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    I've been using shoe-goo to secure my spoke crossings, Keeps the crap out and eliminates spoke noise. Can also be removed relatively easily unlike wire and solder.

  13. #13
    Rippin da fAt
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    3M weatherstrip adhesive is the bomb... Available in black or yellow at most auto parts stores along with DOT 5.1 at a reasonable price.
    Get fAt, Stay fAt, Ride fAt
    Doctor recommended...

  14. #14
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    Quote Originally Posted by BansheeRune View Post
    3M weatherstrip adhesive is the bomb...
    Reading the product SDS, that may be true.
    After reading the ingredient list and the cautions, makes one want to use this while standing on the other side of the street.

    Sounds like it could be a sure way to glue a split-tube into a rim for a variation of split-tube-tubless. Don't know about the glue-line surviving the amonnia if a piece of tube was glued over the nipples in place of sealing tape.
    Crazy on this ship of fools...

  15. #15
    Rippin da fAt
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    Quote Originally Posted by Canoe View Post
    Reading the product SDS, that may be true.
    After reading the ingredient list and the cautions, makes one want to use this while standing on the other side of the street.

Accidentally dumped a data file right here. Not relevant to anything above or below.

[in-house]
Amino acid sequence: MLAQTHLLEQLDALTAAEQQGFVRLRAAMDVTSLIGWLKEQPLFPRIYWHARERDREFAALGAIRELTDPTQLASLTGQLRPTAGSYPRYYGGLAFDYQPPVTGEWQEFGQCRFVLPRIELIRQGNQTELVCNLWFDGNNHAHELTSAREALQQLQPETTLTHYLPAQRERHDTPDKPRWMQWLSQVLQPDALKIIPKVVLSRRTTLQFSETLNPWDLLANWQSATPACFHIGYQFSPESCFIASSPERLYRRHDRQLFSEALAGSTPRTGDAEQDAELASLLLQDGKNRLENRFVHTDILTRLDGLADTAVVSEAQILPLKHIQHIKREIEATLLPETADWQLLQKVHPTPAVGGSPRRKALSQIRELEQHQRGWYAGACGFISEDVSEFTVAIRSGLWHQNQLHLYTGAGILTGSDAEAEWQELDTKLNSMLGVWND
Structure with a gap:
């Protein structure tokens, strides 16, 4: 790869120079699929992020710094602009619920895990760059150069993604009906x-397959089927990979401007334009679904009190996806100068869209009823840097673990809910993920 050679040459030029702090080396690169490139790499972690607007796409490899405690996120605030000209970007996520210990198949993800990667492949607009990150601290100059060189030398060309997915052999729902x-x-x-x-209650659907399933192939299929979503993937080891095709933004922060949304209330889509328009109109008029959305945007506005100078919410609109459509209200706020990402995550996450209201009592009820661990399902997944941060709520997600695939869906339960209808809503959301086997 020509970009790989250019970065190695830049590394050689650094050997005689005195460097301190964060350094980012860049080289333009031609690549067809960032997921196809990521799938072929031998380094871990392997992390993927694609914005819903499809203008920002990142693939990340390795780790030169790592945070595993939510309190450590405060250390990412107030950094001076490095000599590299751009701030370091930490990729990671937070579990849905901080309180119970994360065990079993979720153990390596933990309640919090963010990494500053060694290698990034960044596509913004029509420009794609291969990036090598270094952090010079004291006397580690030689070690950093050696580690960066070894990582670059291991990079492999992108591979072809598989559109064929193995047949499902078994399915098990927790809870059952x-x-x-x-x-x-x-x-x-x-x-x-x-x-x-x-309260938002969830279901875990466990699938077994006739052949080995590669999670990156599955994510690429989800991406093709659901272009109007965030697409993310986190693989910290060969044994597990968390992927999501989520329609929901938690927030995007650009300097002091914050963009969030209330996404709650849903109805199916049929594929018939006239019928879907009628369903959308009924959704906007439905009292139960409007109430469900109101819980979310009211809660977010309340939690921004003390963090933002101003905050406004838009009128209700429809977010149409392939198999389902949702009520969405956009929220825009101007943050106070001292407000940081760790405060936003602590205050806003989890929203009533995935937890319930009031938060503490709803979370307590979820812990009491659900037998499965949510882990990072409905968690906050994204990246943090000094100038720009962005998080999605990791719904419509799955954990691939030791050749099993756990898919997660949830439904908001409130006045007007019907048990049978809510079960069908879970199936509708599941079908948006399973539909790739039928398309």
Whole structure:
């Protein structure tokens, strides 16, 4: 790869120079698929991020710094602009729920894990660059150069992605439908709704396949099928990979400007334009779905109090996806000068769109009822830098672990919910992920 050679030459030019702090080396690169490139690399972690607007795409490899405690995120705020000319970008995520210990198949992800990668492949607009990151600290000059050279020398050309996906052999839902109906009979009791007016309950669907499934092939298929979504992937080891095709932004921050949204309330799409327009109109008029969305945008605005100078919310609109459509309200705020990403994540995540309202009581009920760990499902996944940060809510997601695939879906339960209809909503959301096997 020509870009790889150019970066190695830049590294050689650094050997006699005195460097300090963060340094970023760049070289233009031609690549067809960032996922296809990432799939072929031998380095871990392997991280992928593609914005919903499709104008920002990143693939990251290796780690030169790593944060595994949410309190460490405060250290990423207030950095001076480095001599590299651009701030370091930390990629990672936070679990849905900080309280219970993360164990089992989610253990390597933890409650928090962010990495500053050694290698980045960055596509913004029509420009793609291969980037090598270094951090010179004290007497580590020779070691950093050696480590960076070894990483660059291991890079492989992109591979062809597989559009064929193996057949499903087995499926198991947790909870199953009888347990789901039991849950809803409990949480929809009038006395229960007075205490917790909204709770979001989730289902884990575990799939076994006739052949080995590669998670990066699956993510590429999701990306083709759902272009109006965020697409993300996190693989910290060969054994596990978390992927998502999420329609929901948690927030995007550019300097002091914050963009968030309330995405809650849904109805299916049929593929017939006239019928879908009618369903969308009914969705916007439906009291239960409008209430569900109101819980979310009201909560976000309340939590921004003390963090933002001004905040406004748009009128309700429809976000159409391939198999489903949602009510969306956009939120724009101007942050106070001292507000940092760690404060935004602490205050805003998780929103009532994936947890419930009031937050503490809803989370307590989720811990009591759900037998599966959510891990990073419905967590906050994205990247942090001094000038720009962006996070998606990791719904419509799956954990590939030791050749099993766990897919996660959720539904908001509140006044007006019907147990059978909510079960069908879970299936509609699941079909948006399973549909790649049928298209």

Sounds like it could be a sure way to glue a split-tube into a rim for a variation of split-tube-tubless. Don't know about the glue-line surviving the amonnia if a piece of tube was glued over the nipples in place of sealing tape.
    So, choose a sealant that doesn't have ammonia for insurance on the cheap...
    Intentionally inhaling any chemical that actually does a freaking job like vaping, for instance is on the user, just sayin'! And put the bong down long enough to fix a damned bike to prevent explosion.

    Common sense is optional these days, I'm afraid!
    Get fAt, Stay fAt, Ride fAt
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  16. #16
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    Quote Originally Posted by BansheeRune View Post
    ... Common sense is optional these days, I'm afraid!
    Very.
    With all of the standard canned "Warning!" on everything (who knew clothes pegs were so dangerous...), you can't know if the warning is real or not.
    Which is why I like to check the MDS/SDS to see what a product is really dealing with. With that one, a warning is justified. Certainly understand how it's able to get a clean grip; it's almost (and may be) self-vulcanizing. But an acetone or Naphtha wipe certainly can't hurt.